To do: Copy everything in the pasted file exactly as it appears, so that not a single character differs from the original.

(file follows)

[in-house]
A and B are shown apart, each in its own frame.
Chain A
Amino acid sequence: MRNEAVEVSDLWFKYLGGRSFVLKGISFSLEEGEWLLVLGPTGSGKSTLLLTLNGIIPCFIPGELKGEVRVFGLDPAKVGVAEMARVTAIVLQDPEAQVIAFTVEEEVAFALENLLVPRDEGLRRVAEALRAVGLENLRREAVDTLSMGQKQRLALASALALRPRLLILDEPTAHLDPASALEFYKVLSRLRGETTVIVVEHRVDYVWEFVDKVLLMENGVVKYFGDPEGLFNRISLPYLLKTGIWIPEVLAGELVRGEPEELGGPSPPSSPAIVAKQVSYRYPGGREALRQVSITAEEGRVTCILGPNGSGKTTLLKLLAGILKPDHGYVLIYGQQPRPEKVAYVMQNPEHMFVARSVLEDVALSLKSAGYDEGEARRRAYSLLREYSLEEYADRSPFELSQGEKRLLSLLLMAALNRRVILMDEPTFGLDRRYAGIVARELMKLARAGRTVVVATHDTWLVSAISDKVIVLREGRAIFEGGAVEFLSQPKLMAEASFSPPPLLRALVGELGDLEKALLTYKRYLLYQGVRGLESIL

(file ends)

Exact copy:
[in-house]
A and B are shown apart, each in its own frame.
Chain A
Amino acid sequence: MRNEAVEVSDLWFKYLGGRSFVLKGISFSLEEGEWLLVLGPTGSGKSTLLLTLNGIIPCFIPGELKGEVRVFGLDPAKVGVAEMARVTAIVLQDPEAQVIAFTVEEEVAFALENLLVPRDEGLRRVAEALRAVGLENLRREAVDTLSMGQKQRLALASALALRPRLLILDEPTAHLDPASALEFYKVLSRLRGETTVIVVEHRVDYVWEFVDKVLLMENGVVKYFGDPEGLFNRISLPYLLKTGIWIPEVLAGELVRGEPEELGGPSPPSSPAIVAKQVSYRYPGGREALRQVSITAEEGRVTCILGPNGSGKTTLLKLLAGILKPDHGYVLIYGQQPRPEKVAYVMQNPEHMFVARSVLEDVALSLKSAGYDEGEARRRAYSLLREYSLEEYADRSPFELSQGEKRLLSLLLMAALNRRVILMDEPTFGLDRRYAGIVARELMKLARAGRTVVVATHDTWLVSAISDKVIVLREGRAIFEGGAVEFLSQPKLMAEASFSPPPLLRALVGELGDLEKALLTYKRYLLYQGVRGLESIL